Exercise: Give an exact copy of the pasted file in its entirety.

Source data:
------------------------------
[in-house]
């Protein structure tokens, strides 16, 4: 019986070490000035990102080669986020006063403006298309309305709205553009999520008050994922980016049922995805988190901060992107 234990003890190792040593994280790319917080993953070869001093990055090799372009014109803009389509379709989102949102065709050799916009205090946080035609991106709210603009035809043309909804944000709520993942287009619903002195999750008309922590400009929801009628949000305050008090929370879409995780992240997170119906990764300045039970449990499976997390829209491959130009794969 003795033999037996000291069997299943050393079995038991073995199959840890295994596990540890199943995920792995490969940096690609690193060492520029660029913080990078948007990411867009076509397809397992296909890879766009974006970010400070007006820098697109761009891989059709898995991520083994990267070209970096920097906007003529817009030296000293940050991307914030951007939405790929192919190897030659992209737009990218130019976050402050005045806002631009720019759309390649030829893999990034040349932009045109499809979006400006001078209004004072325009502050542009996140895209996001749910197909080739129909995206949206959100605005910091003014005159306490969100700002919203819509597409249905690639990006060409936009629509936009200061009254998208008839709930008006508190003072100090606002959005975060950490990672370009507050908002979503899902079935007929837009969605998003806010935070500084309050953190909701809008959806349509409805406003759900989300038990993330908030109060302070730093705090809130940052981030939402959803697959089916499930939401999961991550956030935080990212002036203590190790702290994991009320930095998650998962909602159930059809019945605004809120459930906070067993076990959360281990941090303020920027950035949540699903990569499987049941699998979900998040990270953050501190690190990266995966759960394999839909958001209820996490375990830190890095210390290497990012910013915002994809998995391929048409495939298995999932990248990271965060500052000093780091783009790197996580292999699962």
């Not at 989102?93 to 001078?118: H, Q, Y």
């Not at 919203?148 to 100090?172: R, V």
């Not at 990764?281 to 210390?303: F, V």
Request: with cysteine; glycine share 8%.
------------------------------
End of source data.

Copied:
[in-house]
């Protein structure tokens, strides 16, 4: 019986070490000035990102080669986020006063403006298309309305709205553009999520008050994922980016049922995805988190901060992107 234990003890190792040593994280790319917080993953070869001093990055090799372009014109803009389509379709989102949102065709050799916009205090946080035609991106709210603009035809043309909804944000709520993942287009619903002195999750008309922590400009929801009628949000305050008090929370879409995780992240997170119906990764300045039970449990499976997390829209491959130009794969 003795033999037996000291069997299943050393079995038991073995199959840890295994596990540890199943995920792995490969940096690609690193060492520029660029913080990078948007990411867009076509397809397992296909890879766009974006970010400070007006820098697109761009891989059709898995991520083994990267070209970096920097906007003529817009030296000293940050991307914030951007939405790929192919190897030659992209737009990218130019976050402050005045806002631009720019759309390649030829893999990034040349932009045109499809979006400006001078209004004072325009502050542009996140895209996001749910197909080739129909995206949206959100605005910091003014005159306490969100700002919203819509597409249905690639990006060409936009629509936009200061009254998208008839709930008006508190003072100090606002959005975060950490990672370009507050908002979503899902079935007929837009969605998003806010935070500084309050953190909701809008959806349509409805406003759900989300038990993330908030109060302070730093705090809130940052981030939402959803697959089916499930939401999961991550956030935080990212002036203590190790702290994991009320930095998650998962909602159930059809019945605004809120459930906070067993076990959360281990941090303020920027950035949540699903990569499987049941699998979900998040990270953050501190690190990266995966759960394999839909958001209820996490375990830190890095210390290497990012910013915002994809998995391929048409495939298995999932990248990271965060500052000093780091783009790197996580292999699962």
């Not at 989102?93 to 001078?118: H, Q, Y």
């Not at 919203?148 to 100090?172: R, V």
């Not at 990764?281 to 210390?303: F, V």
Request: with cysteine; glycine share 8%.